• 85% of the world’s population has access to some kind of mobile device, and this week the New York Times argued that internet access should be a human right as it’s a requirement for any modern citizen to be engaged in politics or economic life.
  • This is the new human nature.
  • Mass discussion and mass use changes things, and that mass is most visible, coordinated, and connected online.
  • This is what makes the contemporary biohacking movement so interesting.
  • For today, I’ll just define biohacking really broadly as modifying the body with new technologies, so any kind of new implant or wearable or pharmaceutical, and I’ll even include Virtual Reality in this, because what I want to say applies to the VR community too.
  • The people that are most directly involved in this kind of research are the scientists and engineers and experienced amateurs and artists at the centre, and then there’s this periphery of interested amateurs, and then disinterested commentators.
  • And then there’s the vast majority of the population who don’t know what’s going on and will only experience the results of what these people are currently discussing and testing, but there’s always this kind of sucking inertia towards the centre, where people increasingly up their expertise and their engagement as a technology takes off.
  • What’s fascinating, the closer you get to the centre, is how distinctively 21st century it is, despite it’s parallels with earlier scientific self-experimentation and amateur discussion. There’s a specific flavour to what’s going on right now.
  • This is because discussion is mostly online or in real-world meetings arranged online, between people who most often met online, about research that is shared online, both legally through academic databases, and illegally through pirated copies of documents.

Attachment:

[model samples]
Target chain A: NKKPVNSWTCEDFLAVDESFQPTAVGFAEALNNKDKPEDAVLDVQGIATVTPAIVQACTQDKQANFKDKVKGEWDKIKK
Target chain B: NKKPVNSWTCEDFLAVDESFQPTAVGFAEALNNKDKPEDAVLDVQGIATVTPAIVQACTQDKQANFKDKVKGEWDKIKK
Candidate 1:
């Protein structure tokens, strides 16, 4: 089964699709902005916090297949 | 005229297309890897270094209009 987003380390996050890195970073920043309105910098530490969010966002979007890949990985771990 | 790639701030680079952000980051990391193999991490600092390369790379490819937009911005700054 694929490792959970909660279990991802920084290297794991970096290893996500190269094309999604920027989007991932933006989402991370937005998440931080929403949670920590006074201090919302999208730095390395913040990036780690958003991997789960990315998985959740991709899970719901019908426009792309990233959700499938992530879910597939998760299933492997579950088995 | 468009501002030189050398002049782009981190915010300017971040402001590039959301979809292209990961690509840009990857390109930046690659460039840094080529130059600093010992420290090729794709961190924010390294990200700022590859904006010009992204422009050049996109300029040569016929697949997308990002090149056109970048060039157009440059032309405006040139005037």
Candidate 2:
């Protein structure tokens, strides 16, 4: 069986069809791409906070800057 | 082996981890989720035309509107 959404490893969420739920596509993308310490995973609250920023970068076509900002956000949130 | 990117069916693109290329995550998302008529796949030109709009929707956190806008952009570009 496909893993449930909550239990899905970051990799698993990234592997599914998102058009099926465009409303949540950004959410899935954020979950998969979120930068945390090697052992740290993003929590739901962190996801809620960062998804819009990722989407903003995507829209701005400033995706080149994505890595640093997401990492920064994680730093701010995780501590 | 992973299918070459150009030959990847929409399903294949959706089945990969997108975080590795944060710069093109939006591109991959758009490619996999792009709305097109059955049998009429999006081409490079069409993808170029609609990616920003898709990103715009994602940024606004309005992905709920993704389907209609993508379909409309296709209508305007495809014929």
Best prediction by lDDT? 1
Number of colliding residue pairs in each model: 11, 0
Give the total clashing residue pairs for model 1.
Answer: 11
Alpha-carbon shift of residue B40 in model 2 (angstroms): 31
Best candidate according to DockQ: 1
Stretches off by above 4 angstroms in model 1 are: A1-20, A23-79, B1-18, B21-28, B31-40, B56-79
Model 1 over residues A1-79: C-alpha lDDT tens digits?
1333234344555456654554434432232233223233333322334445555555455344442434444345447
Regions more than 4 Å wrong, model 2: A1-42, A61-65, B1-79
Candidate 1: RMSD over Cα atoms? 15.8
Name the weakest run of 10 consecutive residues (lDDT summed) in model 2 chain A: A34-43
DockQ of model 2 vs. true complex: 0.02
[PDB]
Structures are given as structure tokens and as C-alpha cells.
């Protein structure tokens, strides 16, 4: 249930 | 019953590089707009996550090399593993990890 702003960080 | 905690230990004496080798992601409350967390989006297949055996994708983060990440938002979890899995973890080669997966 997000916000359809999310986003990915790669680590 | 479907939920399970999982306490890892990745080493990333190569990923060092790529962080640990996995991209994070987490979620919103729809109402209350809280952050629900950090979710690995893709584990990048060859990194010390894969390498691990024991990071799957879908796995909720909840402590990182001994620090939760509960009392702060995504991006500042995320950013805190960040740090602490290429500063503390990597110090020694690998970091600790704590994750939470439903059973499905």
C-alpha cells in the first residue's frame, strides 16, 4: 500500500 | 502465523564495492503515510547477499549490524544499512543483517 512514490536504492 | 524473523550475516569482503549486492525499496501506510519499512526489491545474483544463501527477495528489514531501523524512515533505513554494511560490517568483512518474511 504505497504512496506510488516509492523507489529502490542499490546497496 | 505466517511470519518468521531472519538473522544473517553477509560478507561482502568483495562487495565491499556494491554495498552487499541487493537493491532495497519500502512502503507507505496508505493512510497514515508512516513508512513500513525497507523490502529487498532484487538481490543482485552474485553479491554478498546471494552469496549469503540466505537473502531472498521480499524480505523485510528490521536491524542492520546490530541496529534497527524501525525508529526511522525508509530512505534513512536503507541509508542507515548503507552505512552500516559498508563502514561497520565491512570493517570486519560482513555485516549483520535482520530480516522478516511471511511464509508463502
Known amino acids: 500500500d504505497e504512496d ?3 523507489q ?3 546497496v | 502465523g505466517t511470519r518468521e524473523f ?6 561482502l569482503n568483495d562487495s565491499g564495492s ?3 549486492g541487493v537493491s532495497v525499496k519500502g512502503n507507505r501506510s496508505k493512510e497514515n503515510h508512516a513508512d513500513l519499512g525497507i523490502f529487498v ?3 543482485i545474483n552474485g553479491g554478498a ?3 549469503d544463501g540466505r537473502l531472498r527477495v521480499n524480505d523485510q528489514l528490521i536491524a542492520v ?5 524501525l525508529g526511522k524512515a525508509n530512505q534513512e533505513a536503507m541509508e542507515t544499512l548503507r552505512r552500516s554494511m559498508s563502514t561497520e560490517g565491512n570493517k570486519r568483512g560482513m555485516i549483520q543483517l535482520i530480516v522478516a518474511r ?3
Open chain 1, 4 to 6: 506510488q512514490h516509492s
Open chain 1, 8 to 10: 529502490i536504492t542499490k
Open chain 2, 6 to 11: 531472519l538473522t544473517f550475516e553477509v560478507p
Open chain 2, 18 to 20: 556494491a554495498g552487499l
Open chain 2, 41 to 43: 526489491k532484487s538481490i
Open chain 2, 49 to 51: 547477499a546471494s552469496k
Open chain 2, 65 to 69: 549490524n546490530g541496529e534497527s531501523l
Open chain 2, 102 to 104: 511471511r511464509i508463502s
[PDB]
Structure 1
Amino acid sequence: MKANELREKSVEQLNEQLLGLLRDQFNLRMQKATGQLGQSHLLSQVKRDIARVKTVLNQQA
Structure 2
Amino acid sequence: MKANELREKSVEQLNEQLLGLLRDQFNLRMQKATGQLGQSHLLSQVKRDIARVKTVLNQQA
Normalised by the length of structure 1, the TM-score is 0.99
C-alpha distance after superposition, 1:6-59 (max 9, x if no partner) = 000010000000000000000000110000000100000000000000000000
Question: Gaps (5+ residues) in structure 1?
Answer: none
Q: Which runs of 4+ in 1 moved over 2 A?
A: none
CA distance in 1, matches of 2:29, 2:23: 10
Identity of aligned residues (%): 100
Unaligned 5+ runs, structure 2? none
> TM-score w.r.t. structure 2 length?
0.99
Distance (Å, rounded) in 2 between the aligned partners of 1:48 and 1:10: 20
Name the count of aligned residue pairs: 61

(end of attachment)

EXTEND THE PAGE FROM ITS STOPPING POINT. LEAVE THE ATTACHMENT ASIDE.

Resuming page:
• You have people in labs wanting the very latest equipment, ordered through online catalogues, and so then you have labs selling their old equipment to finance new purchases, which means that online auction houses like eBay have become this incredible source of nearly-new equipment for amateurs to do genuine research.
  • You also have online crowd-funded and open-sourced technologies, like Kickstarters for basic gene-editing and sequencing tools and the mass sharing of methods in blog posts.
  • And you have online forums discussing the best way to implant things into your body without anaesthetic and without corrosion, or the best areas to place electrodes on your skull to stimulate creativity or your fine motor control.
  • But you also have the established scientists watching this online amateur space that is performing activities that would never get past an official ethics board and then they’re building on that very research which is then shared or stolen back into the commons.
  • It’s not always a perfect system, but there are these emergent reciprocal research loops facilitated by all sorts of aspects of the globally networked community of biohackers which is pushing forward technological, and ethical, and regulatory progress.
  • What we see online most clearly is the shaping of demands and direct interventions into the research.
  • But more subtly, we also see the emergence of new and increasingly sophisticated languages to discuss the results amongst the very people who will always be the overwhelming majority: the users who don’t produce the tools, who can’t produce the tools, but who bring them to life and make them change everything as they become technologies, as they become natural.